A website which claims to be the #1 Teen Dating Site in the US, Australia, UK and Canada – with 300,000 members – is fast becoming the UK’s top dating site for Under 18s.
MyLoL is available in app format for both iPhone and Android. Both the website and app offer the opportunity to meet thousands of teenagers, private chat and the ability to create your own social profile. Claims of the dangers were highlighted back in 2008 though issues have resurfaced again recently.
If you search ‘Teen Dating’ on Google the MyLOL website and app come up first in the search result.
According to today’s article in The Bristol Post, ‘A Sunday Mirror reporter posed as a 13-year-old girl to sign up to the site as part of their investigation. Within minutes she was bombarded with private messages from six men. Three of these were grown men. One user called Jamie69 claimed to be a 14-year-old boy from South Hayling, Hants’. He wasted no time asking if the conversation could be moved to a Skype video call – so they could do ‘naughty’ things. The undercover reporter replied that she had never done anything like that before. He then replied: ‘I’ll go first’. She then asked if he knew she was 13 and, chillingly, he said he did. Shockingly but not surprisingly a quick Google search with his details revealed he was actually an American man in his 40’s.
The NSPCC corroborated this report saying it took only 3 minutes for one of their people to find a 24 year old man messaging a 13 year old girl. The site allows anyone aged 13-24 to message, give contact details and send pictures and takes no responsibility for interaction between adults and children and teenagers.
Again, like many similar apps and websites this site was founded by a teenager – 18-year-old Australian Anthony Lipari who has registered the company in Canada. Lipari said ‘It’s up to them if they want to be open…’ and ‘They can report problems if guys are abusing them’.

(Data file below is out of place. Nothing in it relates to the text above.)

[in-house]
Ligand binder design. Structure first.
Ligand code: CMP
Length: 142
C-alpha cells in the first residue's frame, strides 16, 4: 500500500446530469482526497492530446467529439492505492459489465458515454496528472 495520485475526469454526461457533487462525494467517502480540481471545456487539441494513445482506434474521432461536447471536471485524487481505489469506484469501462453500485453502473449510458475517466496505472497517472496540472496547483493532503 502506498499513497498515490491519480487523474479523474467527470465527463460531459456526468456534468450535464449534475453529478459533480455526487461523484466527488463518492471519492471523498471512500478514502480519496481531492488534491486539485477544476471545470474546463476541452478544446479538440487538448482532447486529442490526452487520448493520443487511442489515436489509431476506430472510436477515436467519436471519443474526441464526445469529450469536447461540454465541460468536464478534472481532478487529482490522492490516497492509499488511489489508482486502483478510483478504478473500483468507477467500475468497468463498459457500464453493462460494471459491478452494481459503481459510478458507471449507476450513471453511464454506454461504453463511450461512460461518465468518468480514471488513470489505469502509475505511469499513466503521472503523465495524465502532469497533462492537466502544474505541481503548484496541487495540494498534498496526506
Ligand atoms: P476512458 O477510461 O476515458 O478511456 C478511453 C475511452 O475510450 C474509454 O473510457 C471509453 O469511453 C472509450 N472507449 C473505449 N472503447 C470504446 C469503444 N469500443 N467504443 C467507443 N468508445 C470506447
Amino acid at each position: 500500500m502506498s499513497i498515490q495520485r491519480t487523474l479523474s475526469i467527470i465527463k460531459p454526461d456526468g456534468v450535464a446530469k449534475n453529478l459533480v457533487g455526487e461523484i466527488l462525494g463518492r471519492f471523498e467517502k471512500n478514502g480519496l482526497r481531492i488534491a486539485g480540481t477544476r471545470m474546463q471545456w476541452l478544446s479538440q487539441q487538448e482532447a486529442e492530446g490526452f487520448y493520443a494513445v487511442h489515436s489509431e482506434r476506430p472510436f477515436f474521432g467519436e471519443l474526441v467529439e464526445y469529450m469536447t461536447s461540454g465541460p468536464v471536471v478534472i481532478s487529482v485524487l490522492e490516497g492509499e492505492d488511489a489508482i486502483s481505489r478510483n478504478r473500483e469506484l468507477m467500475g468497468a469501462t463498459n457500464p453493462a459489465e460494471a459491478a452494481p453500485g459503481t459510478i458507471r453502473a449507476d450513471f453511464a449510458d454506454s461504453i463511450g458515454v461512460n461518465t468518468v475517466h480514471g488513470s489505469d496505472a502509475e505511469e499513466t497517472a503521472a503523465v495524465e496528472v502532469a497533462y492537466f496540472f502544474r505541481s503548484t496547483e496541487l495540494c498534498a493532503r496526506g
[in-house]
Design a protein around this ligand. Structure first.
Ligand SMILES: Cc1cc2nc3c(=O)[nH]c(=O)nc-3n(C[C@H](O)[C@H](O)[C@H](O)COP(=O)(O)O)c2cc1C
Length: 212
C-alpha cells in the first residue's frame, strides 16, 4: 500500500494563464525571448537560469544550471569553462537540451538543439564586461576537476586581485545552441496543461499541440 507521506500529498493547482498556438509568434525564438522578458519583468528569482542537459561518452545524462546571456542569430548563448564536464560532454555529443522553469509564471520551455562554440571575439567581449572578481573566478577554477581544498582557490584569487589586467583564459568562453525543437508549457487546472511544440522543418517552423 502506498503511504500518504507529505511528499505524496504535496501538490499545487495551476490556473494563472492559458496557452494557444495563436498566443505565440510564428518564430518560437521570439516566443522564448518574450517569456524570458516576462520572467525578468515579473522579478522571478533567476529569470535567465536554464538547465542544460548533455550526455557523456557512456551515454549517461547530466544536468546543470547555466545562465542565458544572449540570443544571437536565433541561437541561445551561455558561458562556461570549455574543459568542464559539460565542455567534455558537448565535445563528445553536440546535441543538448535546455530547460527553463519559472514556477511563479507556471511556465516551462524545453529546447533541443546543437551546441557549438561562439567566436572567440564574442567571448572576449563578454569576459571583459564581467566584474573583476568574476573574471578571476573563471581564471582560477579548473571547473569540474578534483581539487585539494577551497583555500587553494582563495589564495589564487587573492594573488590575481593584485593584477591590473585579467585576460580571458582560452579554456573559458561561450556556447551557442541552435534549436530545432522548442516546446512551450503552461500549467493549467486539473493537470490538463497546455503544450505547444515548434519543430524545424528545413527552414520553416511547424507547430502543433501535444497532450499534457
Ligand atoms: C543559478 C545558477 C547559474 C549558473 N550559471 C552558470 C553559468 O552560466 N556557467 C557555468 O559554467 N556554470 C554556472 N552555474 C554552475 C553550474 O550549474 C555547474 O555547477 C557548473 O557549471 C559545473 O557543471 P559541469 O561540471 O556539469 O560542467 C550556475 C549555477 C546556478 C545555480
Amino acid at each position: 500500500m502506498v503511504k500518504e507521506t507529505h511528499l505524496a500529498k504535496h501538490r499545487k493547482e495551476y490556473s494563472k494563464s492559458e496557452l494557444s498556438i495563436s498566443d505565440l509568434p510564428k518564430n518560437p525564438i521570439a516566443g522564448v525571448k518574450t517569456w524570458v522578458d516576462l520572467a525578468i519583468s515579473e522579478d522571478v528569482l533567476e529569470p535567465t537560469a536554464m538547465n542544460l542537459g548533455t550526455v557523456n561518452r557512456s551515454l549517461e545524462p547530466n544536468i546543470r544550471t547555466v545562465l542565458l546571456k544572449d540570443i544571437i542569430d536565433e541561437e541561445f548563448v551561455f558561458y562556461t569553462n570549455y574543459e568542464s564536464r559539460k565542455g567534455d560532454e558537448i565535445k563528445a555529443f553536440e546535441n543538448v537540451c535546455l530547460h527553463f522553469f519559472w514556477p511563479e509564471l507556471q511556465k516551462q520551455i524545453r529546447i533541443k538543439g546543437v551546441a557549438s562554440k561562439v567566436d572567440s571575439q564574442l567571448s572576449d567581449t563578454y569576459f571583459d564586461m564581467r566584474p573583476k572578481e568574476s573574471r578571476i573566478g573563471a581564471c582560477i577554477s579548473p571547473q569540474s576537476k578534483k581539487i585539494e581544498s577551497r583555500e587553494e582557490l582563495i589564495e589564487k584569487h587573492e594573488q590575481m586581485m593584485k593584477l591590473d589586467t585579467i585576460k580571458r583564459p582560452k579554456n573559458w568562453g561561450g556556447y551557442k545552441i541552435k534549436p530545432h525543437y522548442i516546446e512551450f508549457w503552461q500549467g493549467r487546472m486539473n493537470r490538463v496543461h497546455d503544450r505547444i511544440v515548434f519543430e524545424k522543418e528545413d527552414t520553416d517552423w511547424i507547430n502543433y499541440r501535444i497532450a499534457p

A number of schools in the UK are contacting parents in relation to misuse of the app. Schools are asking them to have conversations with their children and to delete the app.
According to the Birmingham Mail, one school Alder Community High School in Hyde, near Manchester, posted on their Facebook ‘We strongly advise that you talk to your child about this and our advice would be to delete the app and block the website’.
In 2008 in the United States, according to an article in the Keene Sentinel New Hampshire newspaper, ‘A 29 year old Keene man was sentenced to one year in jail and five years probation for sexually assaulting a 14-year-old girl in Ashuelot River Park in the city’. Keene police reported that ‘the man met the girl on the Internet site MYLOL.com, a teen social networking site, and the two made arrangements to meet at the park on June 14, where they had sexual intercourse’. He has since been convicted and placed on the sex offenders list.
An article on BBC Newsbeat back in 2008 with the Children’s Charity, NSPCC said ‘MyLOL.net, which is marketed for teenagers but has hundreds of adult profiles, should clean up its act or be shut down’.
So what can parents do:
It’s important that parents stay informed, given the risks of the digital world in which children and young people are growing up in and their accessibility to technology, social media and the Internet.
- Have regular open and honest conversations with children and young people about the risks and dangers associated with the online world just as you would do with the offline world.
- Talk to them about privacy and the dangers associated with posting personal information online such as your school location, mobile number, address and other social media user names.
- Ensure children and young people are aware that there are adults pretending to be teenagers on websites and social media platforms.
We support NSPCC in that this needs to be urgently addressed for all similar apps and in calling for age verification measures in the Digital Economy Bill that will stop Under 18’s visiting porn websites, to be extended to cover social networking platforms and apps.
This would mean adults cannot pose as children/teenagers and vice versa and any platform that does not comply could face fines or be blocked from operating in the UK.
With thanks to Wayne Denner – https://waynedenner.com/blog/mylol-app-schools-warn-parents-to-delete